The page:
Limited features. Many options for traders, such as stop loss or margin trading, are unavailable to users of most decentralized exchanges.
A huge variety. If you want to find a hot token in its infancy, DEX is what you need.
Availability. While regulators in various countries impose a ban on the use of crypto exchanges, DEX platforms can be used by anyone and from anywhere.
Of course, today, DEXs cannot become a complete replacement for CEXs. However, many experts are confident that it is for DEX that the future and the shortcomings that they bear today will be corrected over time.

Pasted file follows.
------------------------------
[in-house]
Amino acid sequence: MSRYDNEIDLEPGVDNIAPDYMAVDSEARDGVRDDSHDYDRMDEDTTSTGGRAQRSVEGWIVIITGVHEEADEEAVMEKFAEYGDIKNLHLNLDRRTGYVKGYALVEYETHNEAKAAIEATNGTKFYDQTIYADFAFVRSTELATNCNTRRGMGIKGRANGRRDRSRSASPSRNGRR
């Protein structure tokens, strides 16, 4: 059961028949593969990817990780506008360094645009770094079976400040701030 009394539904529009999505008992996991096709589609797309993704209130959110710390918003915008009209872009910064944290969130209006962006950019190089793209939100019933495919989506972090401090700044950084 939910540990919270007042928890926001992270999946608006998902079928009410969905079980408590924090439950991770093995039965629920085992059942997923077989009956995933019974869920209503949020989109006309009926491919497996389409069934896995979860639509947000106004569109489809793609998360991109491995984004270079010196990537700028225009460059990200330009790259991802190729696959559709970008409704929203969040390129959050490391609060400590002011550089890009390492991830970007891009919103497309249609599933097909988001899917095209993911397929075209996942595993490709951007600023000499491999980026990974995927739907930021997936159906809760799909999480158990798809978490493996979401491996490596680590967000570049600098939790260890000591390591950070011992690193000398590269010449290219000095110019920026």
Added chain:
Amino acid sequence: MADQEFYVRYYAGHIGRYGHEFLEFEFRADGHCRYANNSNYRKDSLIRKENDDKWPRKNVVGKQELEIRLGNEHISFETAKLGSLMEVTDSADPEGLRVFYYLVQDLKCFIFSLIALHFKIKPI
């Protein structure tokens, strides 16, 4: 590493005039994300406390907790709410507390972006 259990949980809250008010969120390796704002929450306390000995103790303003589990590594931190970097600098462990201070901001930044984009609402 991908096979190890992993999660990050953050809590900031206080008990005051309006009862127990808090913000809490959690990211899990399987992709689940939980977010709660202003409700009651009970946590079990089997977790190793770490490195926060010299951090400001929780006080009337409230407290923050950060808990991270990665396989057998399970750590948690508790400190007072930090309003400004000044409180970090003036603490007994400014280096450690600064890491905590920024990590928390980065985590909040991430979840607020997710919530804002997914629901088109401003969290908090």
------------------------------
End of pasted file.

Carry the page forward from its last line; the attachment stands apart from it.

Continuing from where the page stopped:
The DEX concept is still developing. Against the background of incidents with centralized exchanges, users are paying more and more attention to decentralized ones, recognizing their advantages. In a few years, DEX may leave CEX far behind. It should also be noted that, in general, DEX fits much more logically into the ideology of blockchain and cryptocurrencies, which are initially based on decentralization and independence.